Magazine article Geographical


Magazine article Geographical


Article excerpt


by Jan Ruger; Oxford University Press;


[pounds sterling]25 (hardback/ebook)

As the distinguished German historian, Jan Ruger, describes, never under-estimate the influence and power of strategically small islands and the giant political rivalries that ensue. No more so than Heligoland, the archipelago of 'rock and sand' in the North Sea 50 miles from the German Coast, Britain's smallest and most difficult 19th century colony. These Heligoland islands may be half the size of Gibraltar, but their political significance over the past two centuries, as Britons and Germans have fought for supremacy in the North Sea, has become a metaphor for rivalry, conflict and a stark reminder of our battered past.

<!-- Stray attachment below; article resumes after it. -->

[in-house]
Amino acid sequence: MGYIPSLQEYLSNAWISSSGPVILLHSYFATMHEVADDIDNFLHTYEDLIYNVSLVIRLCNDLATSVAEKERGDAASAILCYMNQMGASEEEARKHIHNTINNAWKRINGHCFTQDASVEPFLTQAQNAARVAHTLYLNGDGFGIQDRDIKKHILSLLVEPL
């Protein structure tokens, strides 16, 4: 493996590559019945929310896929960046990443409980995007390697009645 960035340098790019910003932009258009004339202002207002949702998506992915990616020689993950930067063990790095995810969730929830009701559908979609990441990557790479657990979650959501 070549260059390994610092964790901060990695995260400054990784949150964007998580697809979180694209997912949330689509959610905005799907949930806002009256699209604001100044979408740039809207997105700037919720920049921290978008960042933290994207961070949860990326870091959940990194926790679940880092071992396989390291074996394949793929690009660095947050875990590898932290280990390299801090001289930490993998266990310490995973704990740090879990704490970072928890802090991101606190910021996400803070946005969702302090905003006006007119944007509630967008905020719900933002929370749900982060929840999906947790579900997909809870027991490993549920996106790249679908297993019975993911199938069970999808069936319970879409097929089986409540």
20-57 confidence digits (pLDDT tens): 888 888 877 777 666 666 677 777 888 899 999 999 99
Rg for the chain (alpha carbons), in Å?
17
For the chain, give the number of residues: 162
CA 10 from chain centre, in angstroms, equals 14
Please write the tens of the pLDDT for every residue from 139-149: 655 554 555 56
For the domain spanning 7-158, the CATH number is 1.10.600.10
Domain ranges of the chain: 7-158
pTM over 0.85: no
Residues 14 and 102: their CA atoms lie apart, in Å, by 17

Ruger has written a micro-history that captures the complexity of Anglo-German relations through the changing ownership of an 'elevated, barren, rocky spot' that begins with George Ill's order to take possession of Heligoland from the Danes in 1806. …

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